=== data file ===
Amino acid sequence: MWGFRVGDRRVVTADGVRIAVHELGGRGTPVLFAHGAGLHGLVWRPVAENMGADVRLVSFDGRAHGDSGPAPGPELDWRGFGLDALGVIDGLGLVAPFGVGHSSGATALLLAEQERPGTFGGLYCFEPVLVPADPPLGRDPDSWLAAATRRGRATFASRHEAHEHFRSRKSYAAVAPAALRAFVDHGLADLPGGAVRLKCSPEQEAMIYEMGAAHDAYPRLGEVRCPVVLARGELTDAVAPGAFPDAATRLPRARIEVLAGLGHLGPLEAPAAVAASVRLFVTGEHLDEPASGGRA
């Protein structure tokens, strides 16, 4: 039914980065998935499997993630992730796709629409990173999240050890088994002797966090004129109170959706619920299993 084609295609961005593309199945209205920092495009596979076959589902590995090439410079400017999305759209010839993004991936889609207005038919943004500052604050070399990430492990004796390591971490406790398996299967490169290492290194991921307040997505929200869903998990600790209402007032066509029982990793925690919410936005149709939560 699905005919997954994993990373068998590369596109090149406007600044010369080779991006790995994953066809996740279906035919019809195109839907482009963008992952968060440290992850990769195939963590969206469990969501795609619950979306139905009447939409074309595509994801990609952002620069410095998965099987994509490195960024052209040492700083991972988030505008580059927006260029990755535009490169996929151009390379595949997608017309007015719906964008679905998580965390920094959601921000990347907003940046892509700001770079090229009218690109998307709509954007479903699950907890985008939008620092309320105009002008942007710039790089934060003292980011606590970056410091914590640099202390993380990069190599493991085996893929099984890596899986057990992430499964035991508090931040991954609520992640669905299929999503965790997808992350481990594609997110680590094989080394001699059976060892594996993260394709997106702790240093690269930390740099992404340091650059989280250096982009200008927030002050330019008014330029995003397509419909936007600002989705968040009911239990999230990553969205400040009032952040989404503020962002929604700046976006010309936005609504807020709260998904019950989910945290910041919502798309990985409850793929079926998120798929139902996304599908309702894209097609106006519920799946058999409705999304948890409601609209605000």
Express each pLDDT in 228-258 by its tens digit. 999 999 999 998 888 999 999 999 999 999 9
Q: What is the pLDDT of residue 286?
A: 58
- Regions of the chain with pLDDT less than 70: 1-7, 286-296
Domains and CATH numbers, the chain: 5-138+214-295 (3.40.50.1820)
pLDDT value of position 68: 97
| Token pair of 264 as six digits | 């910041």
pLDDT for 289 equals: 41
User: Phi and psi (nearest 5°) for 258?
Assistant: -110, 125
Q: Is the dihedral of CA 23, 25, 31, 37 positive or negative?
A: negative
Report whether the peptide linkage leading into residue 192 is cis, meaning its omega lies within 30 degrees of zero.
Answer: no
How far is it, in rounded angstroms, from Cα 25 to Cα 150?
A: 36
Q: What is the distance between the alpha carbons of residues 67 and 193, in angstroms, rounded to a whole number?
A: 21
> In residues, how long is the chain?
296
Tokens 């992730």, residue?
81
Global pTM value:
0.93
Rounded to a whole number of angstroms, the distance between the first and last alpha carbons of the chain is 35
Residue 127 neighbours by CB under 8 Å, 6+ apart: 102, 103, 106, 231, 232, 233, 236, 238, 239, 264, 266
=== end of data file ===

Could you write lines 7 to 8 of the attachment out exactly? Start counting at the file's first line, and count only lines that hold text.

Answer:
Domains and CATH numbers, the chain: 5-138+214-295 (3.40.50.1820)
pLDDT value of position 68: 97